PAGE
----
The American College of Endocrinology (ACE) and the American Association of Clinical Endocrinologists (AACE) today announced their recommendations for new diabetes screening and management guidelines. The group, comprised of world diabetes experts, urged more stringent treatment standards and a lower screening age for people at high-risk for this disease, particularly among ethnic populations.
"Diabetes has reached epidemic proportions in this country, affecting more than 16 million Americans," said Dr. Helena W. Rodbard, president of ACE. "It is crucial to empower patients to manage their disease more effectively thereby avoiding complications, such as kidney failure, blindness and amputations and premature heart attacks."
This first-ever ACE consensus conference gathered to review research from current international studies on diabetes in an effort to translate the data into practical guidelines that will result in more effective management of this disease. "Currently, diabetes guidelines in the United States are not consistent with world-wide standards," said Dr. Rhoda Cobin, president of AACE. "We need more aggressive, complete and cohesive standards."
In response to recent diabetes findings, the ACE Diabetes Mellitus Consensus Conference has made the following recommendations:
Age Of Diabetes Screening Lowered To Age 30
The panel agreed that current guidelines for diabetes screening be reduced from 45 years of age to 30 for high-risk groups. Recent statistics from the Centers for Disease Control and Prevention (CDC) have shown that diabetes has increased 33 percent from 1990 to 1998, with an alarming increase (76 %) among people aged 30 to 39. In addition, diabetes occurs at a younger age in high-risk groups, which are developing the disease at alarming rates.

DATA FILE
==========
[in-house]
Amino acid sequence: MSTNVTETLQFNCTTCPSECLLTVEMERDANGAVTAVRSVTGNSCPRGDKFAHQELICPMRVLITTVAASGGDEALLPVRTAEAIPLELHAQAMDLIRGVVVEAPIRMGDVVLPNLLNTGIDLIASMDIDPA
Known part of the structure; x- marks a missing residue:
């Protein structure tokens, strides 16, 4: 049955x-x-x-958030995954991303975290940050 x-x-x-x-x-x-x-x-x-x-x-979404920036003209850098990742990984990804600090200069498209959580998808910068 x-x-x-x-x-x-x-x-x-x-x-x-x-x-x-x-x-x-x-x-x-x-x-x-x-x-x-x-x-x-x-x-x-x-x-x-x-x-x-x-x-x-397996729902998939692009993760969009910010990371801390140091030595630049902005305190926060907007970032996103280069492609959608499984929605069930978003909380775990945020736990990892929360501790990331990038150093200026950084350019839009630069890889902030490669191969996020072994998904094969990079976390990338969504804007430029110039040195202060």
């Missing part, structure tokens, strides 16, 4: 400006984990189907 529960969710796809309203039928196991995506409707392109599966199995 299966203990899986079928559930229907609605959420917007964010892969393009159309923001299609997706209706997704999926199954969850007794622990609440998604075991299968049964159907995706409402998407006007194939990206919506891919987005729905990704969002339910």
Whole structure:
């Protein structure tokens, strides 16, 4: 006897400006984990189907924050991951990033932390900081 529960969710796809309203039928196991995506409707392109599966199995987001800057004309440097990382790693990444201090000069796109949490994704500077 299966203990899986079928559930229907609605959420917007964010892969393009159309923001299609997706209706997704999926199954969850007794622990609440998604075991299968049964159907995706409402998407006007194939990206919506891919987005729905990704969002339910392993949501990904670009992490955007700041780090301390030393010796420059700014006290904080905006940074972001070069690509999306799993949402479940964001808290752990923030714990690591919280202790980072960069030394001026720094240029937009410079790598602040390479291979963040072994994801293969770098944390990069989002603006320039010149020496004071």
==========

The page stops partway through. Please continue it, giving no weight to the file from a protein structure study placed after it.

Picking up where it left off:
"Ethnic populations account for nearly half of all newly-diagnosed diabetes cases," said Dr. Jaime Davidson, endocrinologist at Medical City Dallas Hospital and co-chair of the conference. "In fact, one in four Latinos are diagnosed with diabetes by the age of 45 and African-American children as young as age five are exhibiting symptoms of insulin resistance - the beginning stage of diabetes. Because of these alarming statistics, ethnic populations need be screened at an earlier age," said Dr. Davidson.
A1C Blood Sugar Test Lowered To 6.5%
The panel has lowered the target for diabetes control to 6.5%, thereby bringing United States standards in concert with world-wide guidelines. A1C levels under 6% are normal for people without the disease. The A1C test is a simple blood test given to patients with diabetes to determine how well their blood sugar has been controlled over a three-month period.
"The conference reinforced that 'A1C' is the best test and term to use in determining how well a patient's diabetes is controlled over time," said Dr. Claresa Levetan, director of Diabetes Education at Medstar Clinical Research Center in Washington, DC, and conference co-chair. "It is critical that patients know their A1C level and their goals so that they are able to prevent diabetes-related complications," said Dr. Levetan.
Post-Prandial Blood Sugar Levels Lowered
The risk of diabetes comes from tissues that are exposed to abnormally high blood sugar levels both before and after meals. Therefore, the panel recommends lowering target levels of blood sugar to 110 before eating (pre-prandial) and to 140 after eating (two hour post-prandial). "Addressing the post-prandial levels is significant not only because it will reduce tissue damage for patients but also because it alerts them to a problem previously unaddressed in blood sugar monitoring," said Dr. Cobin.
Senator Susan M. Collins (D-ME), chair of the Senate Diabetes Caucus, addressed the conference noting, "I'm convinced that we're on the verge of substantial breakthroughs in the field of diabetes management and prevention." Sen. Collins pledged to continue her support of diabetes research funding.